Corticosteroids (Systemic): May diminish the therapeutic effect of Immune Checkpoint Inhibitors (Anti-PD-1, -PD-L1, and -CTLA4 Therapies). Management: Carefully consider the need for corticosteroids, at doses of a prednisone-equivalent of 10 mg or more per day, during the initiation of immune checkpoint inhibitor therapy. Use of corticosteroids to treat immune related adverse events is still recommended Risk D: Consider therapy modification

Desmopressin: Hyponatremia-Associated Agents may enhance the hyponatremic effect of Desmopressin. Risk C: Monitor therapy

Efgartigimod Alfa: May diminish the therapeutic effect of Fc Receptor-Binding Agents. Risk C: Monitor therapy

Inhibitors of the Proton Pump (PPIs and PCABs): May diminish the therapeutic effect of Immune Checkpoint Inhibitors (Anti-PD-1, -PD-L1, and -CTLA4 Therapies). Risk C: Monitor therapy

Ketoconazole (Systemic): Immune Checkpoint Inhibitors (Anti-PD-1, -PD-L1, and -CTLA4 Therapies) may enhance the hepatotoxic effect of Ketoconazole (Systemic). Risk C: Monitor therapy

Rozanolixizumab: May diminish the therapeutic effect of Fc Receptor-Binding Agents. Risk C: Monitor therapy

Thalidomide Analogues: Pembrolizumab may enhance the adverse/toxic effect of Thalidomide Analogues. Specifically, mortality may be increased when this combination is used for treatment of refractory multiple myeloma. Risk X: Avoid combination

Reproductive Considerations

Verify pregnancy status prior to initiation of pembrolizumab treatment in patients who could become pregnant. Patients who could become pregnant should use effective contraception during therapy and for 4 months after the last pembrolizumab dose.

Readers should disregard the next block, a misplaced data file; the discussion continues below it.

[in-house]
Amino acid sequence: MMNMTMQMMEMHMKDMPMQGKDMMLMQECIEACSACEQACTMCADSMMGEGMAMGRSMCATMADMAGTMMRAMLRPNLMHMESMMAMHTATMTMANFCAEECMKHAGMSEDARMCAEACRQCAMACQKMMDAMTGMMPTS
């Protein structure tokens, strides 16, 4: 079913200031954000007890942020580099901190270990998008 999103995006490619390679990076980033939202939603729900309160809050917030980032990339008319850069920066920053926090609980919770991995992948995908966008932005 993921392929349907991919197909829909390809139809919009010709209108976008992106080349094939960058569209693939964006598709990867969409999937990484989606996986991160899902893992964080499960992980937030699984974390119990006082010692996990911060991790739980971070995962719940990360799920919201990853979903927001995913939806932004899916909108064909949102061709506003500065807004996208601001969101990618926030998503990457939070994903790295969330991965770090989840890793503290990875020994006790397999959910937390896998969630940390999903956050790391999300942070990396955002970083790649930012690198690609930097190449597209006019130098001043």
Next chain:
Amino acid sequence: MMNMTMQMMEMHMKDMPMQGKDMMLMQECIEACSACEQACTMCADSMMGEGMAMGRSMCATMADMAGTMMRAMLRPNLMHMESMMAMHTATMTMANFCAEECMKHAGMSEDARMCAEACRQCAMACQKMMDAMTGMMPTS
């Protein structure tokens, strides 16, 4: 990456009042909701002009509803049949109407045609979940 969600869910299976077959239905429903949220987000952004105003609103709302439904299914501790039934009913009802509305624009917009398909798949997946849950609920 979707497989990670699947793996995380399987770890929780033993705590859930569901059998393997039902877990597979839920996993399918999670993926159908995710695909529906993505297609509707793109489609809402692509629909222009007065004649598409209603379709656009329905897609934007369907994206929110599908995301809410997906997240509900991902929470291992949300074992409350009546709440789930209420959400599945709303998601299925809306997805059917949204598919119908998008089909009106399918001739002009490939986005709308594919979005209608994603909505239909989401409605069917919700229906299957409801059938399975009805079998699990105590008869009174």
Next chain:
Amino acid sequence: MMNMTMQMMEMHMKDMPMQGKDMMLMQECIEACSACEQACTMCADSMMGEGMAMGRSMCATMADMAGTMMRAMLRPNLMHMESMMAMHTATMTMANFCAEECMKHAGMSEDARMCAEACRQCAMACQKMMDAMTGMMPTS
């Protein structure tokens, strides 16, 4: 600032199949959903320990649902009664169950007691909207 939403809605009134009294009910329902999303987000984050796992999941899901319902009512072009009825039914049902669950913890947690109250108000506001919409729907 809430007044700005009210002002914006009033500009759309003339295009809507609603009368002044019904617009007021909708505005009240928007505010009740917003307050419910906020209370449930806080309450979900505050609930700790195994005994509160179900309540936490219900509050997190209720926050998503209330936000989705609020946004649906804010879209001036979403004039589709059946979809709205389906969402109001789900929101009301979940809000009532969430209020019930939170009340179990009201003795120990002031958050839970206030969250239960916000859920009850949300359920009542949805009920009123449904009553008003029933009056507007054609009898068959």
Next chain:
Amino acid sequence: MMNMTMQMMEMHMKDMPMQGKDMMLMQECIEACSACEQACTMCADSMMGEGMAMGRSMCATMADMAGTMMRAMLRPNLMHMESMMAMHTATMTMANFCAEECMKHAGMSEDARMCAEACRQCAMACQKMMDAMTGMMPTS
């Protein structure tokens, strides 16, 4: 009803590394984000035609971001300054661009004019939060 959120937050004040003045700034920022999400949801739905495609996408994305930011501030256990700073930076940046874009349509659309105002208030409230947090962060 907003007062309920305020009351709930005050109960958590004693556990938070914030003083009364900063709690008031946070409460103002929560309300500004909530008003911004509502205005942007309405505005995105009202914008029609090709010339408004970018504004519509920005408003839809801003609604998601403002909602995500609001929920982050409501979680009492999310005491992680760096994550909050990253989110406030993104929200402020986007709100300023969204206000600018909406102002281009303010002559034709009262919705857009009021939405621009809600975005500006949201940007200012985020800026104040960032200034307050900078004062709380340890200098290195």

Pregnancy Considerations

Pembrolizumab crosses the placenta (Baarslag 2023).

Pembrolizumab is a humanized monoclonal antibody (IgG4). Human IgG crosses the placenta. Fetal exposure is dependent upon the IgG subclass, maternal serum concentrations, placental integrity, newborn birth weight, and GA, generally increasing as pregnancy progresses. The lowest exposure would be expected during the period of organogenesis and the highest during the third trimester (Clements 2020; Palmeira 2012; Pentsuk 2009).

Based on the mechanism of action, in utero exposure to pembrolizumab may disrupt maternal tolerance to the fetus, increasing the risk of abortion or stillbirth. Based on animal data, maternal use of PD-1 inhibitor may also result in immune-mediated disorders in the newborn.

Outcome data following maternal use of pembrolizumab during pregnancy are limited (Anami 2021; Baarslag 2023; Mittra 2021; Polnaszek 2021).

Immune-mediated colitis may occur during treatment with pembrolizumab. Immune-mediated colitis requiring long term treatment (including corticosteroids and infliximab) has been reported in an infant born at 37 weeks' gestation following exposure to pembrolizumab between 16 and 34 weeks' gestation. Symptoms of colitis occurred 4 months after birth. Pembrolizumab was measurable in the infant plasma at 4.5 months of age (Baarslag 2023).